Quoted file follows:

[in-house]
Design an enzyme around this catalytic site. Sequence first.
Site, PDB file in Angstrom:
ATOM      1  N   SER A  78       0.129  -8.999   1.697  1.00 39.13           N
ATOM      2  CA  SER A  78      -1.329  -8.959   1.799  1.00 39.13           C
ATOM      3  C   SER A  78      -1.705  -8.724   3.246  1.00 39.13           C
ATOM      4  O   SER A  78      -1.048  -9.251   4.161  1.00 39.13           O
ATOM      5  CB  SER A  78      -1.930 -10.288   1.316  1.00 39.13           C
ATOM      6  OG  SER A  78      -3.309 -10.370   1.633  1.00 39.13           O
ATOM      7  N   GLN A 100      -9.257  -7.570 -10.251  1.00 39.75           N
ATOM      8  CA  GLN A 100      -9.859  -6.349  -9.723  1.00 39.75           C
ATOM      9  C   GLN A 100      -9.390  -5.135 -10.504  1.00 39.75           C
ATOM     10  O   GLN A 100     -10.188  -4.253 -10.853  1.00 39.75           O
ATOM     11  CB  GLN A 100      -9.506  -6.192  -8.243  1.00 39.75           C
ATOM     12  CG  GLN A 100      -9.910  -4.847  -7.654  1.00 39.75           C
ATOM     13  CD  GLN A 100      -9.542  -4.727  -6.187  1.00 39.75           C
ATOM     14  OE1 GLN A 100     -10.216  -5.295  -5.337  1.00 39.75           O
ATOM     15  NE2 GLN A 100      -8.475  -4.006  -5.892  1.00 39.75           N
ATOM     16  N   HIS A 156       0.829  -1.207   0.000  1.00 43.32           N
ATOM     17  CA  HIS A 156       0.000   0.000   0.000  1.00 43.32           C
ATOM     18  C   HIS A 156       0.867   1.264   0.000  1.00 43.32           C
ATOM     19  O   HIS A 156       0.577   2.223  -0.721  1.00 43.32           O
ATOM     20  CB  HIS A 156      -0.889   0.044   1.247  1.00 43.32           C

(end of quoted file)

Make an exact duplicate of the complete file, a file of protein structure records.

[in-house]
Design an enzyme around this catalytic site. Sequence first.
Site, PDB file in Angstrom:
ATOM      1  N   SER A  78       0.129  -8.999   1.697  1.00 39.13           N
ATOM      2  CA  SER A  78      -1.329  -8.959   1.799  1.00 39.13           C
ATOM      3  C   SER A  78      -1.705  -8.724   3.246  1.00 39.13           C
ATOM      4  O   SER A  78      -1.048  -9.251   4.161  1.00 39.13           O
ATOM      5  CB  SER A  78      -1.930 -10.288   1.316  1.00 39.13           C
ATOM      6  OG  SER A  78      -3.309 -10.370   1.633  1.00 39.13           O
ATOM      7  N   GLN A 100      -9.257  -7.570 -10.251  1.00 39.75           N
ATOM      8  CA  GLN A 100      -9.859  -6.349  -9.723  1.00 39.75           C
ATOM      9  C   GLN A 100      -9.390  -5.135 -10.504  1.00 39.75           C
ATOM     10  O   GLN A 100     -10.188  -4.253 -10.853  1.00 39.75           O
ATOM     11  CB  GLN A 100      -9.506  -6.192  -8.243  1.00 39.75           C
ATOM     12  CG  GLN A 100      -9.910  -4.847  -7.654  1.00 39.75           C
ATOM     13  CD  GLN A 100      -9.542  -4.727  -6.187  1.00 39.75           C
ATOM     14  OE1 GLN A 100     -10.216  -5.295  -5.337  1.00 39.75           O
ATOM     15  NE2 GLN A 100      -8.475  -4.006  -5.892  1.00 39.75           N
ATOM     16  N   HIS A 156       0.829  -1.207   0.000  1.00 43.32           N
ATOM     17  CA  HIS A 156       0.000   0.000   0.000  1.00 43.32           C
ATOM     18  C   HIS A 156       0.867   1.264   0.000  1.00 43.32           C
ATOM     19  O   HIS A 156       0.577   2.223  -0.721  1.00 43.32           O
ATOM     20  CB  HIS A 156      -0.889   0.044   1.247  1.00 43.32           C